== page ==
Balance….. easier said than done. Finding true balance in our lives is difficult to do, what with all of the distractions and temptations and the noise of everyday life. Life seems to swing more like a pendulum with the moments of balance being short, sweet and fleeting. It is just as difficult to achieve balance when making wine but this simple word has become a revolutionary word in the wine world as of late.

If you are always chasing a fad or a fashion in wine, you will never find balance. If you make wine for glossy magazines and not for yourself, then you will never find balance. When you lean too far in one direction, by definition, you are out of balance. From balance comes consistency and longevity and that is the ultimate goal in wine from my standpoint. With balance you stand solidly for something.

During my last two weeks in France this summer, I found two Domaines who balance their wines very well albeit they come from two totally different ends of the scale.

Le Plan de Castellet

Le Plan de Castellet

If you have ever driven past the Mont St. Victoire when the Mediterranean sunrise hits it just right, you know how majestic Provence can be and why so many of the great painters moved there to capture the light. There are colors and hues and shades in the South of France that I have never seen in other parts of the world. Pastel anywhere else just looks so 1980’s. We passed by the Mont. St. Victoire on a beautiful sunny day on our way down to the seaport town of Bandol where I had an appointment to taste and tour Domaine Tempier. The Bandol area is known for the Mourvedre grape although other grape varieties like Syrah and Grenache can also be blended in small quantities here. Domaine Tempier was one of the true pioneers of Bandol and of the Mourvedre grape thanks to the efforts of Lucien Peyraud and his famous wife Lucie “Lulu” Peyraud who inherited Domaine Tempier in 1936. At that time the domaine was a simple farm that had been created in the early 1800’s and handed down through the generations. Lucien is credited with helping to create the Bandol AOC and championing the Mourvedre variety which had been planted in the region long ago but was being systematically replanted to inferior high-yielding varietals.

Domaine Tempier's Single Vineyard bottles

Domaine Tempier’s Single Vineyard bottles

I first read about the Peyraud family and Domaine Tempier’s glory in the books and cookbooks of Richard Olney and subsequently through Kermit Lynch’s newsletters and his book “Adventures on the Wine Route.” The stories of Olney and Lynch and Alice Waters from “Chez Panisse” hanging out with the Peyraud family as Lulu served course after course of her famous hearth-cooked provencal cuisine seemed almost imaginary to me with a mythical, almost magical feel to them. I too longed to go to Bandol and drink Mourvedre Rose and eat sea-urchins! I wanted to see these gnarled old vines that gave way to inky, earthy wines. So we made a point to go and we drove 5 hours south from Nimes with the children in tow and that’s how I found myself in Le Plan de Castellet walking through the doors of Domaine Tempier for my first ever visit to this famed estate.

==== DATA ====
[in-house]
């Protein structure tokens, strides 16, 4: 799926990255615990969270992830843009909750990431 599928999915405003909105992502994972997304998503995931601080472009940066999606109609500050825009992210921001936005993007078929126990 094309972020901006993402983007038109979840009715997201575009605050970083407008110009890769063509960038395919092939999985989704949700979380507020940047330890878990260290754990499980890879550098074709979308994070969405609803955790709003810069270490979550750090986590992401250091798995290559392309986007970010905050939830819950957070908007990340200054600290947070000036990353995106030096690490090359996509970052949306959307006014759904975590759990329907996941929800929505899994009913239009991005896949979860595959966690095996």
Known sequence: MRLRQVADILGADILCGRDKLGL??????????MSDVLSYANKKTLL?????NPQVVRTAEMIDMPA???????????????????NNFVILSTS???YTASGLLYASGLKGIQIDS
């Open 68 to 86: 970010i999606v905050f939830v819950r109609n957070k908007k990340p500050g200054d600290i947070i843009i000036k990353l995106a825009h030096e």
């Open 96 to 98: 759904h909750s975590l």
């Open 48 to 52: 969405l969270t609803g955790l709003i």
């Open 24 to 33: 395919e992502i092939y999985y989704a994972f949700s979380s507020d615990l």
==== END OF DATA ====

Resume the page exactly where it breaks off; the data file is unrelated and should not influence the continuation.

Mme. Peyraud thrilled with the balance of her 2011's.

Mme. Peyraud thrilled with the balance of her 2011’s.

Domaine Tempier is a small and humble building tucked away in a valley that is covered with grapevines on a small street lined with beautiful old trees. Instantly you know that this is a family run estate by the feel here. The Peyrauds had 7 children and many of them have been directly involved with the domaine since Lucien passed away in 1996. I was fortunate enough to get a guided tour from one of the Peyraud daughters. We started with the 2012 Rose of (one of my all-time favorites, although there were no sea-urchins in sight) and then we descended into the cellar to taste the reds. Once again I was shocked to see no small French oak barrels but a cellar filled entirely with foudres. These were also varying in size and many were much larger than the ones I found at domaine Clape up in Cornas. Mme Peyraud opened the 2011 Bandol Mourvedre and followed that with samples of the 2011 single vineyard Mourvedres: “La Migoua”, “La Tourtine” and “Cabassaou.” These wines were so full of character, each having its own identity, perfume, textural experience and flavor profile. They were dark as squid ink and wonderfully earth-driven. And they were all in perfect balance. Imagine my surprise when I looked at the back of each bottle to see that the alcohol levels were all 15%. What?! Wines that were balanced and delicious and begged for another sip at such outrageous alcohol levels as this?! How could it be? How was it possible?

The current debate raging in the new world wine scene is that balance was only achievable with lower alcohol levels, or at least that is what one side of the group thinks. The other half believes that balance has nothing to do with alcohol but how the wine is proportioned overall. After all, if you pick a wine too early in a warm climate to avoid high alcohols but your fruit isn’t completely physiologically ripe, do the green herbaceous aromas and high acid levels bring that wine into balance? What about Chateauneuf du Pape or Australian Shiraz…. are these famous wines out of balance simply because of their high alcohol levels? What is balance in wine then? Well, I found it in Bandol, that’s for sure, and I found it at high alcohol levels. But here is the important thing: In Bandol it is hot all year long and Mourvedre takes a long time to ripen and needs a lot of heat to fully mature. The ensuing wines reflect the sun-drenched days and the beautiful light that reflects off of the Mont St. Victoire and the surrounding calcium-rich mountaintops. They speak of sunshine and warmth and Provence. They are beautifully balanced like a gargantuan swath of gossamer. And that is what makes them unique and true and consistently top notch.